“After this Cambyses took counsel with himself, and planned three expeditions. One was against the Carthaginians, another against the Ammonians, and a third against the long-lived Ethiopians, who dwelt in that part of Libya which borders upon the southern sea. He judged it best to dispatch his fleet against Carthage and to send some portion of his land army to act against the Ammonians, while his spies went into Ethiopia, under the pretense of carrying presents to the king, but in reality to take note of all they saw, and especially to observe whether there was really what is called “the table of the Sun” in Ethiopia.
Now the Table of the Sun according to the accounts given of it may be thus described:- It is a meadow in the skirts of their city full of the boiled flesh of all manner of beasts, which the magistrates are careful to store with meat every night, and where whoever likes may come and eat during the day. The people of the land say that the earth itself brings forth the food. Such is the description which is given of this table.
When Cambyses had made up his mind that the spies should go, he forthwith sent to Elephantine for certain of the Icthyophagi who were acquainted with the Ethiopian tongue; and while they were being fetched, issued orders to his fleet to sail against Carthage. But the Phoenicians said they would not go, since they were bound to the Carthaginians by solemn oath, and since it would be wicked in them to make war on their own children.
Now when the Phoenicians refused, the rest of the fleet was unequal to the undertaking; and so it was that the Carthaginians escaped, and were not enslaved by the Persians. Cambyses thought it not right to force the war upon the Phoenicians, because they had yielded themselves to the Persians, and because upon the Phoenicians all his sea-service depended. The Cyprians had also joined the Persians of their own accord, and took part with them in the expedition against Egypt.
As soon as the Icthyophagi arrived from Elephantine, Cambyses, having told them what they were to say, forthwith dispatched them into Ethiopia with these following gifts: to wit, a purple robe, a gold chain for the neck, armlets, an alabaster box of myrrh, and a cask of palm wine.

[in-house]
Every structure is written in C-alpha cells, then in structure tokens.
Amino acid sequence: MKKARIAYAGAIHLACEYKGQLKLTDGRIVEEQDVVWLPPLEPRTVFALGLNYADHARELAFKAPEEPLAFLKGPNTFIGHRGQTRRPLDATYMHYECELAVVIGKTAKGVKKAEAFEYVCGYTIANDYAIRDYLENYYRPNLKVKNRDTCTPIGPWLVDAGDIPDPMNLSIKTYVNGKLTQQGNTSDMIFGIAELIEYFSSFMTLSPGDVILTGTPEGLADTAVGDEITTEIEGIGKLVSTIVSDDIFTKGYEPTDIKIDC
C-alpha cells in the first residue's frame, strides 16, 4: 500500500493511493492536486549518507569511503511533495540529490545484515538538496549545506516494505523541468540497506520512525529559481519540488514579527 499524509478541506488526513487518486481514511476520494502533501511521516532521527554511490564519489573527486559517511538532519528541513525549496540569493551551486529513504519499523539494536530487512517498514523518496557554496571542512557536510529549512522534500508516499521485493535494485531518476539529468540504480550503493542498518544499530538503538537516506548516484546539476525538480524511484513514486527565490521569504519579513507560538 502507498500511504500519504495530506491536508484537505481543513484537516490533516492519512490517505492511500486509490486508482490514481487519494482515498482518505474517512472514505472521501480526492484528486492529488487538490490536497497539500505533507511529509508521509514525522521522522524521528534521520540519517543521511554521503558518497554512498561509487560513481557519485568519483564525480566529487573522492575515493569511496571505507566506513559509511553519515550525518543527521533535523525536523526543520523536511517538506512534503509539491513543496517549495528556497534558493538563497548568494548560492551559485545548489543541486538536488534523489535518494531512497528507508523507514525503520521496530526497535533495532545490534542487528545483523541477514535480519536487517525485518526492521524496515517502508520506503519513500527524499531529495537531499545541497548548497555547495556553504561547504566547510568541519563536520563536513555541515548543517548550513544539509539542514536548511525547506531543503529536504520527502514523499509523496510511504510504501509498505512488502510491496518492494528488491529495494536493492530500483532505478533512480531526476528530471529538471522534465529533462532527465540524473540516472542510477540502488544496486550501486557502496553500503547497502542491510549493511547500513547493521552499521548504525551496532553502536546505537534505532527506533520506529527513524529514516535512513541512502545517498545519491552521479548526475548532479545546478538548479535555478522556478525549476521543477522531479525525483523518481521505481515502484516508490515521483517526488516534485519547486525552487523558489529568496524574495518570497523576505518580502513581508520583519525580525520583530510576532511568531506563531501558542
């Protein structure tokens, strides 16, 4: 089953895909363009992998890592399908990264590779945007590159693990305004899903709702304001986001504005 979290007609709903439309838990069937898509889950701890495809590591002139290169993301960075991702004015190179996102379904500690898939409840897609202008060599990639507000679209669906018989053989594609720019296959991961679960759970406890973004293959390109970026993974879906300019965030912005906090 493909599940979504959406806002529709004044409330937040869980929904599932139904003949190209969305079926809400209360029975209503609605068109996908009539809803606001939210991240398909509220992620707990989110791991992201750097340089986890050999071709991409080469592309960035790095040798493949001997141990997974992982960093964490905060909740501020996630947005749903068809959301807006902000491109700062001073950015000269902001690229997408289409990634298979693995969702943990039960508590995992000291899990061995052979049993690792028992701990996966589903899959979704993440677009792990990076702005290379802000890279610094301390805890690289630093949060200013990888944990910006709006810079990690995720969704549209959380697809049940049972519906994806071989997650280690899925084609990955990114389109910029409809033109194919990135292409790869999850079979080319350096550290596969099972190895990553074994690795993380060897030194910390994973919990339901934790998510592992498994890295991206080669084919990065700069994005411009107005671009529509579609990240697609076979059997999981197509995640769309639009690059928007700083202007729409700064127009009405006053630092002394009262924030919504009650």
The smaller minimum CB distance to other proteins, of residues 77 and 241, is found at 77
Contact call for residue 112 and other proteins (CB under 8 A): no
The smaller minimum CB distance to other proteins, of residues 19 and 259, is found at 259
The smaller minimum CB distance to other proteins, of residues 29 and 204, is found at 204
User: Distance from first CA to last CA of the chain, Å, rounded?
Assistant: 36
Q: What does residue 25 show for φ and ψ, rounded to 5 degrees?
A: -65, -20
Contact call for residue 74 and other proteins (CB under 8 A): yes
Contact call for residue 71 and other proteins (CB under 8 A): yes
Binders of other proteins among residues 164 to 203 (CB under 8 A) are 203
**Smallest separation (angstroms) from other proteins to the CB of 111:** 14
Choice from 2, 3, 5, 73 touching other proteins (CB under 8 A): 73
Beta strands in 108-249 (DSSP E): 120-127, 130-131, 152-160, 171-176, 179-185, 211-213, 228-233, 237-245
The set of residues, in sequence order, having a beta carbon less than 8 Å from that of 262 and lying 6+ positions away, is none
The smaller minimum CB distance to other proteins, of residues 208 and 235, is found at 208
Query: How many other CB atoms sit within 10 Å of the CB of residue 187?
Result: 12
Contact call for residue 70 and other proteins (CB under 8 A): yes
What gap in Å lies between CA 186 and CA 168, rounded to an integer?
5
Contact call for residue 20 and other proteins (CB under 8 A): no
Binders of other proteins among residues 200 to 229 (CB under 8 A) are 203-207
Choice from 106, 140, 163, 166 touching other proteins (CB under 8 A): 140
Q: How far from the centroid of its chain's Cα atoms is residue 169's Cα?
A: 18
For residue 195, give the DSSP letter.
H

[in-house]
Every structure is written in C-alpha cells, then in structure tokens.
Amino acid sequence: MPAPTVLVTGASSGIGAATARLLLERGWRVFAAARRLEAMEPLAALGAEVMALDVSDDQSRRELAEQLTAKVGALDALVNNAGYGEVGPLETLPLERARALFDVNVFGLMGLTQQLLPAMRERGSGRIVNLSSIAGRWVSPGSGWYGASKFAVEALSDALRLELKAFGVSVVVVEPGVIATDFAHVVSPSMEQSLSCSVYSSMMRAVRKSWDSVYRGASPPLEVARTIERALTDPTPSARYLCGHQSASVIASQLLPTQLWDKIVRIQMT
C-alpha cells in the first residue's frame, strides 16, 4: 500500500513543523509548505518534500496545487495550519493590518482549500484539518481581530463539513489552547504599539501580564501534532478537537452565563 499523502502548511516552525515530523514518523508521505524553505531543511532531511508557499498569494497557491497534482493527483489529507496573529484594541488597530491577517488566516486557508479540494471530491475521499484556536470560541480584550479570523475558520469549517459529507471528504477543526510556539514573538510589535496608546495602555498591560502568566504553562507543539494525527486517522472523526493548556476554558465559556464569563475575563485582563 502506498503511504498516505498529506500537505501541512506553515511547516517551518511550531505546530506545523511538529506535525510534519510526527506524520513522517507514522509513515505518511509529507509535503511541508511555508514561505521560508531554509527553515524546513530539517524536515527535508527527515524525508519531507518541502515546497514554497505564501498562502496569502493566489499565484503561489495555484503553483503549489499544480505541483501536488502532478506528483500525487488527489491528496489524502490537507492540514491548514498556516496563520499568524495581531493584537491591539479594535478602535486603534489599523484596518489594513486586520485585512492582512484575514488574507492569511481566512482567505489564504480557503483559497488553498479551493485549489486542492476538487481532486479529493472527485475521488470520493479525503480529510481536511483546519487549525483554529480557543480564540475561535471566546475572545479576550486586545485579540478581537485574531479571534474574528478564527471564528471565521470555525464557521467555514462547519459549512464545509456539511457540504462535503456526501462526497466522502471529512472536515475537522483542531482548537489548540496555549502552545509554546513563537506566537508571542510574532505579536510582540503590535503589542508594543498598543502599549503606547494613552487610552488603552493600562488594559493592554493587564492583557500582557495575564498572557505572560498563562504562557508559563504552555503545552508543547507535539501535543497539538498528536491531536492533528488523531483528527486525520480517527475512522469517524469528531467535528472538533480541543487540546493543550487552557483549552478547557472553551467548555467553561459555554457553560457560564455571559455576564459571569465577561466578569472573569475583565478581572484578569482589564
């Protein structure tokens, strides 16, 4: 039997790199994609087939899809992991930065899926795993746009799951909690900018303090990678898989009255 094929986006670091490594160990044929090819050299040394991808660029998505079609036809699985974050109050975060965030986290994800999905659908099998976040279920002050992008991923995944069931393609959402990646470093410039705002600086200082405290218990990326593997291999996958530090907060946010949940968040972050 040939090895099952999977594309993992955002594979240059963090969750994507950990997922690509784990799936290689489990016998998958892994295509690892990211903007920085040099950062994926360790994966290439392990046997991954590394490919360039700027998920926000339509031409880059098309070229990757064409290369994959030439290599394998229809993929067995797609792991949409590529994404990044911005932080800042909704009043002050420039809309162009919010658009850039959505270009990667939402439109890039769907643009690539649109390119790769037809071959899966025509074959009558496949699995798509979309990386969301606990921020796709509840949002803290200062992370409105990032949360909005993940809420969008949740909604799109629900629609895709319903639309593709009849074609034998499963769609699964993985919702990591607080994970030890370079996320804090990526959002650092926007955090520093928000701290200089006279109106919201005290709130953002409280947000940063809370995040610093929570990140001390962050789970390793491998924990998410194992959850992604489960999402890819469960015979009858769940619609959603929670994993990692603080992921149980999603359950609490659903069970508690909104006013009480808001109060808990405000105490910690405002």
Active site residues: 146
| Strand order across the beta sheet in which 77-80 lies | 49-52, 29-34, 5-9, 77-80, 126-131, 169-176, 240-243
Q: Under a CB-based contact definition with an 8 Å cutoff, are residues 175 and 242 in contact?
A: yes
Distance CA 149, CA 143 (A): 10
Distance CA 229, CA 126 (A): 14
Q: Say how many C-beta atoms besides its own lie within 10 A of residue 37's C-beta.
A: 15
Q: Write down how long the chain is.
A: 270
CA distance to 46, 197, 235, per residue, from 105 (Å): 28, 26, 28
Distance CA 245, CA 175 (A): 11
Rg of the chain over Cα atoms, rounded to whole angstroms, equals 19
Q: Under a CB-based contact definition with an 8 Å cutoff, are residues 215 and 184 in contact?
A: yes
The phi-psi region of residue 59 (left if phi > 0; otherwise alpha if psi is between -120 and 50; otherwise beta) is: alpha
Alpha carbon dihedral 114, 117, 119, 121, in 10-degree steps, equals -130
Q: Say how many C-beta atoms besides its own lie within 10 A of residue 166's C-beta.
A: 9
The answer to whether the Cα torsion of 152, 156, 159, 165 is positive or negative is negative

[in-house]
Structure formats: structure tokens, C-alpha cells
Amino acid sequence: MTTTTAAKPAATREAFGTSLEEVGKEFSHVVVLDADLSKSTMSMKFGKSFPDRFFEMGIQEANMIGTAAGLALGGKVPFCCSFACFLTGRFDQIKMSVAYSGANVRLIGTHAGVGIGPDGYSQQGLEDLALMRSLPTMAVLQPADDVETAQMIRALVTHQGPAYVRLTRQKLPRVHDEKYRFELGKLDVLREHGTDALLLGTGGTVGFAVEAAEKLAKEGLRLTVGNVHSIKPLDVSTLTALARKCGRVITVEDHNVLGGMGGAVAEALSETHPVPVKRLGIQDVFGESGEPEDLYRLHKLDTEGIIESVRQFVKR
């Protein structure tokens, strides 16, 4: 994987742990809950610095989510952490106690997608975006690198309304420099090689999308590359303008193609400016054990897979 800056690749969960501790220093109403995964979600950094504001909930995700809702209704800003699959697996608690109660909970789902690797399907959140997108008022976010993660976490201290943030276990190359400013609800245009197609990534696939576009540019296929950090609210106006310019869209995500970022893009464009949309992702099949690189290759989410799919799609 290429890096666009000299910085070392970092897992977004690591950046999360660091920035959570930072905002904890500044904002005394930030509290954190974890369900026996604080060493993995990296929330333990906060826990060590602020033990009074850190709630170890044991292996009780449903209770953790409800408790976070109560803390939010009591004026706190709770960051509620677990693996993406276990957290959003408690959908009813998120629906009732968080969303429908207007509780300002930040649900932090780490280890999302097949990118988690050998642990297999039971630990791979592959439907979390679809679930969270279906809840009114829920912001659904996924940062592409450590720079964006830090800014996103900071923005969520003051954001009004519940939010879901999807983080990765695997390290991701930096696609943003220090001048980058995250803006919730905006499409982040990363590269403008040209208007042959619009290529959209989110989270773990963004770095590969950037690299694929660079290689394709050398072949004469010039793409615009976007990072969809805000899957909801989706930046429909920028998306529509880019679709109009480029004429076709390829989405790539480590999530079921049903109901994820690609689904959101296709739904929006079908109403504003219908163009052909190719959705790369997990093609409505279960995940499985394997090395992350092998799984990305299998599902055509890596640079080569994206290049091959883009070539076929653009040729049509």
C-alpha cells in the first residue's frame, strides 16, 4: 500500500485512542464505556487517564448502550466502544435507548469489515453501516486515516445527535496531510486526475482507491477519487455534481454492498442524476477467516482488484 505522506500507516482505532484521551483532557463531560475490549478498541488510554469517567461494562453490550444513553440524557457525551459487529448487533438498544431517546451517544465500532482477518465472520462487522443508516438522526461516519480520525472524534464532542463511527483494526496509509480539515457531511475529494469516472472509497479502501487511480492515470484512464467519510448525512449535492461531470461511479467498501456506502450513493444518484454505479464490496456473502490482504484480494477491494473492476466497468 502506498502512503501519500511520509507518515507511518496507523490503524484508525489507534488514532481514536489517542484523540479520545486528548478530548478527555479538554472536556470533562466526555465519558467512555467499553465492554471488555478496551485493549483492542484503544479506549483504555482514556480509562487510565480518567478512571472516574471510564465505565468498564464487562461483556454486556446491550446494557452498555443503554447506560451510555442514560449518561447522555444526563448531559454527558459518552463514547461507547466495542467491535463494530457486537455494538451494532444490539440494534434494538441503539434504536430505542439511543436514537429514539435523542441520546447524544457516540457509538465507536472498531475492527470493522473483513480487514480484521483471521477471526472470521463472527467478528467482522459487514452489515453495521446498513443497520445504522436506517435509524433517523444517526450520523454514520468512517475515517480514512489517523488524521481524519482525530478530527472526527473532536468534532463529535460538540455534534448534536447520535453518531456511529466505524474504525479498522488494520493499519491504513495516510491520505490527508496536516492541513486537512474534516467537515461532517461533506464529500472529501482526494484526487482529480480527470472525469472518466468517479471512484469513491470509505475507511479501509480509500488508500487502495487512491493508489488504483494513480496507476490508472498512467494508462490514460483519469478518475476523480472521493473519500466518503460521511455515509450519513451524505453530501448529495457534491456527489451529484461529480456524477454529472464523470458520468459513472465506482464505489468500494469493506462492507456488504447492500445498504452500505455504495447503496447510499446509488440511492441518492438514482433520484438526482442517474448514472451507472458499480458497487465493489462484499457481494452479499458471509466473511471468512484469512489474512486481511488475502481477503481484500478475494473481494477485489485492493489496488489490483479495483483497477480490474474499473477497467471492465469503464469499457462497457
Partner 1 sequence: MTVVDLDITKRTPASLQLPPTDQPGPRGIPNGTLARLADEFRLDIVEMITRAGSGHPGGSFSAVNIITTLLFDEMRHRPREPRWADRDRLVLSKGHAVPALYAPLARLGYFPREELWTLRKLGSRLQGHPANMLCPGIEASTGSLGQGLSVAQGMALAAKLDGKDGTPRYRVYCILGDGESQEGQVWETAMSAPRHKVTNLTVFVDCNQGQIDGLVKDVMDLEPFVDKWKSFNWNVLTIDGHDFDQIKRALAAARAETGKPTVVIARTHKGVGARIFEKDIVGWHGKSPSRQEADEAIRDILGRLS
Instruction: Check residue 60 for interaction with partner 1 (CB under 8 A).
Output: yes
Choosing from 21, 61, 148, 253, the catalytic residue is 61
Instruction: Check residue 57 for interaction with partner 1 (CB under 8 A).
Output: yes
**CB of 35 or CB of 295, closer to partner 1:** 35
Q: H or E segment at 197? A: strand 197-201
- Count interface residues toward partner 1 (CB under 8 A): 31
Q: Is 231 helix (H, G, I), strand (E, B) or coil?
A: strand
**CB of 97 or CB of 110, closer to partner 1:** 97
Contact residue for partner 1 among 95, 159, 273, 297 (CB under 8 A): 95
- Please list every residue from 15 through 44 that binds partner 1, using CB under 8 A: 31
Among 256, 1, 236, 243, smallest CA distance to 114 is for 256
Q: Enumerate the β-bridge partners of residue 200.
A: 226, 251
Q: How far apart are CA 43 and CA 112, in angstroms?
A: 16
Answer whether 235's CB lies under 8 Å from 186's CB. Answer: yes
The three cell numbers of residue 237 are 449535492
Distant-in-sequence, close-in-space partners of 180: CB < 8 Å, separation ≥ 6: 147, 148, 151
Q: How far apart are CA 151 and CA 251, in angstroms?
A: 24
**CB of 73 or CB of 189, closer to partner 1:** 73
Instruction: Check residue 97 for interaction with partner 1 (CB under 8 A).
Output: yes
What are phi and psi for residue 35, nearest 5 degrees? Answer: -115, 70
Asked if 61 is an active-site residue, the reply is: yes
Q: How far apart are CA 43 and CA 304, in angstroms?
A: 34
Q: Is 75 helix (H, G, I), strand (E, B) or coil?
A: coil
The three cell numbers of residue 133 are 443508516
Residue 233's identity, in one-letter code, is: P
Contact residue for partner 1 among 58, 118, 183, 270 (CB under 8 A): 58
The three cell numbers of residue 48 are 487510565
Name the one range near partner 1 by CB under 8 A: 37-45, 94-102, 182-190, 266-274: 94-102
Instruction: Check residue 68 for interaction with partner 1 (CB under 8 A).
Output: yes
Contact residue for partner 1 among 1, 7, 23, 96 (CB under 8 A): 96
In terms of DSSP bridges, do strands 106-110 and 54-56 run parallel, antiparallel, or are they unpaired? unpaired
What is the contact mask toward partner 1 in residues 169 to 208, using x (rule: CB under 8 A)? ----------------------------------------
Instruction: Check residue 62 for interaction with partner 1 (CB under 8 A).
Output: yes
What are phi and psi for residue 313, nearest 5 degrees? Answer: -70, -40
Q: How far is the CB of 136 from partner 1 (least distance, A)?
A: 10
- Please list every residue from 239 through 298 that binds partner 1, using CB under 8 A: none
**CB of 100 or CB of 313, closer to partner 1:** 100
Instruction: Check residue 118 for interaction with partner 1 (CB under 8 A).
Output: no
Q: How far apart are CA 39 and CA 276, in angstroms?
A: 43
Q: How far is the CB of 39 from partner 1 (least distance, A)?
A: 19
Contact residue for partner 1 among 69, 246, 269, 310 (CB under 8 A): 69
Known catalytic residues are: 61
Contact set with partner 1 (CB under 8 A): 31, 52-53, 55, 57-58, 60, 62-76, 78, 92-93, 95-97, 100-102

The Ethiopians to whom this embassy was sent are said to be the tallest and handsomest men in the whole world. In their customs they differ greatly from the rest of mankind, and particularly in the way they choose their kings; for they find out the man who is the tallest of all the citizens, and of strength equal to his height, and appoint him to rule over them.
The Icthyophagi on reaching this people, delivered the gifts to the king of the country, and spoke as follows:- "Cambyses, king of the Persians, anxious to become thy ally and sworn friend, has sent us to hold converse with thee, and to bear thee the gifts thou seest, which are the things wherein he himself delights the most."
Hereon the Ethiopian, who knew they came as spies, made answer:- "The king of the Persians sent you not with these gifts because he much desired to become my sworn friend- nor is the account which ye give of yourselves true, for ye are come to search out my kingdom. Also your king is not a just man- for were he so, he had not coveted a land which is not his own, nor brought slavery on a people who never did him any wrong. Bear him this bow, and say- 'The king of the Ethiops thus advises the king of the Persians when the Persians can pull a bow of this strength thus easily, then let him come with an army of superior strength against the long-lived Ethiopians- till then, let him thank the gods that they have not put it into the heart of the sons of the Ethiops to covet countries which do not belong to them.'
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